Polly want a cracker? Scratch that – Coco want a cracker? Coco the parrot takes center stage in Copy Coco, the interactive game for children ages 4 and up, from KD Games. Up to four players can gather around Coco, the lively talking parrot who acts as the centerpiece of the game. There are three different ways to play: Copy Mode, Challenge Mode, and Speed Mode so kids can try them all to find out who has what it takes to be the king or queen of the jungle.
Sure, personalized gifts are thoughtful, but it can be just as much fun to put the kids in the driver’s seat and let them choose their own adventure with a gift card or two. One exciting way to spend those gift cards is to pool all the cards together and splurge on one big gift you might not otherwise be able to get, such as a jumbo ride-on or a life-sized play set.
SYBO Games has revealed the first teaser for Subway Surfers, an animated series based on the popular Subway Surfers mobile game where players surf as long as they can while collecting tokens and dodging oncoming trains. Fans can delve deeper into the Subway Surfers universe, with a chance to see the characters of the game brought to life as Jake, Tricky, and Fresh speak and interact out loud for the first time.
Muck Rack makes it simple to find people, tweets, or articles that mention any name, keyword, company, hashtag etc. We've compiled this guide to help you make the most of your search.
Selecting a term
Start searching tweets, articles from media outlets, articles mentioned in tweets, journalists'
names, titles and bios with some suggested searches:
Companies or Topics (e.g. iPhone, Microsoft)
Phrases (e.g. "cloud computing") — use quotes to keep the terms together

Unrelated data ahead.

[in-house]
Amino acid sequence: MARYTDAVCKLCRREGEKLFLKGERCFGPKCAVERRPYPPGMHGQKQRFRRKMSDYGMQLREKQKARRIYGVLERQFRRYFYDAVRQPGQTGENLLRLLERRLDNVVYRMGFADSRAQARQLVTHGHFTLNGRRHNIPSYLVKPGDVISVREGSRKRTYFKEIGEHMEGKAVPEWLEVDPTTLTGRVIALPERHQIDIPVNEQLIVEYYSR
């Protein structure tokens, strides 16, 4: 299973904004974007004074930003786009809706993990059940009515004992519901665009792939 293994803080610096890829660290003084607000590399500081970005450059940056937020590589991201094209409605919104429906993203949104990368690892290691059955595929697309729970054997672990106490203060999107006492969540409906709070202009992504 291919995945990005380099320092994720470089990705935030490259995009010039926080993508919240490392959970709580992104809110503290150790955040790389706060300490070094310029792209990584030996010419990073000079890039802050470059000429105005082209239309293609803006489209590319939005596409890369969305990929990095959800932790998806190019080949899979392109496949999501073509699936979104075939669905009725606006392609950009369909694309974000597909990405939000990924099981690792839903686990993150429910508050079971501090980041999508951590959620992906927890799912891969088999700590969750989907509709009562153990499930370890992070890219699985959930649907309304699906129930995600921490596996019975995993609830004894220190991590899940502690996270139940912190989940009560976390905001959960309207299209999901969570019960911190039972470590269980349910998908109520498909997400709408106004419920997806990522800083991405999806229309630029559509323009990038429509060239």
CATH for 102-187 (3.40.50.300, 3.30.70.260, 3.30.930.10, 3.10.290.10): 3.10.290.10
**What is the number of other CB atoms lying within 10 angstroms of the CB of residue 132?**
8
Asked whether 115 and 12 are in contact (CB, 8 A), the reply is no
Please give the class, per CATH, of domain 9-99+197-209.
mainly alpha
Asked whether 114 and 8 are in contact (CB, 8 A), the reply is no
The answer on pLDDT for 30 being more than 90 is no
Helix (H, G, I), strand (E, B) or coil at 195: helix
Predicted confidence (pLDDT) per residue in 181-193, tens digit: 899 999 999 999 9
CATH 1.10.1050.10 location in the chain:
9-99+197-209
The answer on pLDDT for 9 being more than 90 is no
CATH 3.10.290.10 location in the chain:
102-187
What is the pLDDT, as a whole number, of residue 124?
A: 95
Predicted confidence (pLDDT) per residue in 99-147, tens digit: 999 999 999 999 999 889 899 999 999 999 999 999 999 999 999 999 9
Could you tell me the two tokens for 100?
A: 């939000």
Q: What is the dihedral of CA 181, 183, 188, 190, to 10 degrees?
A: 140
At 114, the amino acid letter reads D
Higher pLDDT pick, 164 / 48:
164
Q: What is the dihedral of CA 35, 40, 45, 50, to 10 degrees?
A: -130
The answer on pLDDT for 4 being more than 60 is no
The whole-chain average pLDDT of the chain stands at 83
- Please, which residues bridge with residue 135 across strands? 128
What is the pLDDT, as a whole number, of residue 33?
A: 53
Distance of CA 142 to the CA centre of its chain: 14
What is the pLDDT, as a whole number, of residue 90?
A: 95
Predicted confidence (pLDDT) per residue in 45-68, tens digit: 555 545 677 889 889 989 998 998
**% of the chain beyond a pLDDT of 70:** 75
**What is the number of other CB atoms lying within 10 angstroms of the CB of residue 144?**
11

Twitter handles (e.g. @username) — returns those who have mentioned or replied to
Names (e.g. "David Pogue")
Hashtags (e.g. #sxsw, #london2012)
Bio details (e.g. vegan, Olympics, father)
Muck Rack's Advanced Search allows for many boolean operators.
Find results that mention multiple specified terms, use AND or
+. For example, ensure each result contains both Elon Musk and Mark Zuckerberg by
searching Musk AND Zuckerberg or Musk + Zuckerberg.
Use the operators OR or , to broaden your search when you'd like either of
multiple terms to appear in results. (This is the default behavior of our search when no operators
are used). For example, results will contain either cake or cookie by searching cake OR cookie or cake,cookie
Use NOT or - to subtract results from your search. For
example, searching Disney will yield results about the Walt Disney Company as well as Walt Disney
World Resort. To exclude mentions of Disney World, search for Disney -World or Disney
When using one of these operators with a phrase, enclose it in quotation marks. For example, you can
find results about smartphones excluding Apple's iPhone 4S by searching smartphone -"iPhone
Exact case matching or punctuation
If you're searching for a brand name or keyword that relies on specific punctuation marks or capitalization, you can
find results that match your exact query by adding matchcase: before the keyword you're searching for, like matchcase:E*TRADE .
Use parentheses to separate multiple
boolean phrases. For example, to find journalists talking about having fun in Disney World or
Disneyland, search for ("disney world" OR disneyland) AND fun.
An asterisk can be used to search for any variation of a root word truncated by the asterisk. For example, searching for admin* will return results for administrator, administration, administer, administered, etc.
A near operator is an AND operator where you can control the distance between the words. You can vary the distance the near operation uses by adding a forward slash and number (between 0-99) such as strawberries NEAR/10 "whipped cream", which means the strawberries must exist within 10 words of "whipped cream".